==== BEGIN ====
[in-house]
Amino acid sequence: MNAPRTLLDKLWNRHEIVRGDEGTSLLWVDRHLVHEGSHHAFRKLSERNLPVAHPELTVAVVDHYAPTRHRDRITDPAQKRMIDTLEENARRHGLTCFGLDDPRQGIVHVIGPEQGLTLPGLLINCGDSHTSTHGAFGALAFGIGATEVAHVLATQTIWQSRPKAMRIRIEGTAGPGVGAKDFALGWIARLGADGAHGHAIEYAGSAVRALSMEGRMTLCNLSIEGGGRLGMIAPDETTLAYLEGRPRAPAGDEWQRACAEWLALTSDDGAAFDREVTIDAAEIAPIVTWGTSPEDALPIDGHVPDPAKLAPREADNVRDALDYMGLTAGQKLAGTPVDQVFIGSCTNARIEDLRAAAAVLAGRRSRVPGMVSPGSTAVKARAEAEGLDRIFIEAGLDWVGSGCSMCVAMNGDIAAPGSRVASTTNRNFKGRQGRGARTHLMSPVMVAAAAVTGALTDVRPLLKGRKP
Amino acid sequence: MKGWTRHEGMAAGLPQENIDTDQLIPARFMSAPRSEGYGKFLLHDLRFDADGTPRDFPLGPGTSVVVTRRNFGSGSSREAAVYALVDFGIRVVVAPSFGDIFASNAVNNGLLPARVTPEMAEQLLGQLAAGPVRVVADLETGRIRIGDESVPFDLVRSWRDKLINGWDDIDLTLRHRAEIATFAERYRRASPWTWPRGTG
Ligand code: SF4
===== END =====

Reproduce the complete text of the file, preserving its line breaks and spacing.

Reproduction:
[in-house]
Amino acid sequence: MNAPRTLLDKLWNRHEIVRGDEGTSLLWVDRHLVHEGSHHAFRKLSERNLPVAHPELTVAVVDHYAPTRHRDRITDPAQKRMIDTLEENARRHGLTCFGLDDPRQGIVHVIGPEQGLTLPGLLINCGDSHTSTHGAFGALAFGIGATEVAHVLATQTIWQSRPKAMRIRIEGTAGPGVGAKDFALGWIARLGADGAHGHAIEYAGSAVRALSMEGRMTLCNLSIEGGGRLGMIAPDETTLAYLEGRPRAPAGDEWQRACAEWLALTSDDGAAFDREVTIDAAEIAPIVTWGTSPEDALPIDGHVPDPAKLAPREADNVRDALDYMGLTAGQKLAGTPVDQVFIGSCTNARIEDLRAAAAVLAGRRSRVPGMVSPGSTAVKARAEAEGLDRIFIEAGLDWVGSGCSMCVAMNGDIAAPGSRVASTTNRNFKGRQGRGARTHLMSPVMVAAAAVTGALTDVRPLLKGRKP
Amino acid sequence: MKGWTRHEGMAAGLPQENIDTDQLIPARFMSAPRSEGYGKFLLHDLRFDADGTPRDFPLGPGTSVVVTRRNFGSGSSREAAVYALVDFGIRVVVAPSFGDIFASNAVNNGLLPARVTPEMAEQLLGQLAAGPVRVVADLETGRIRIGDESVPFDLVRSWRDKLINGWDDIDLTLRHRAEIATFAERYRRASPWTWPRGTG
Ligand code: SF4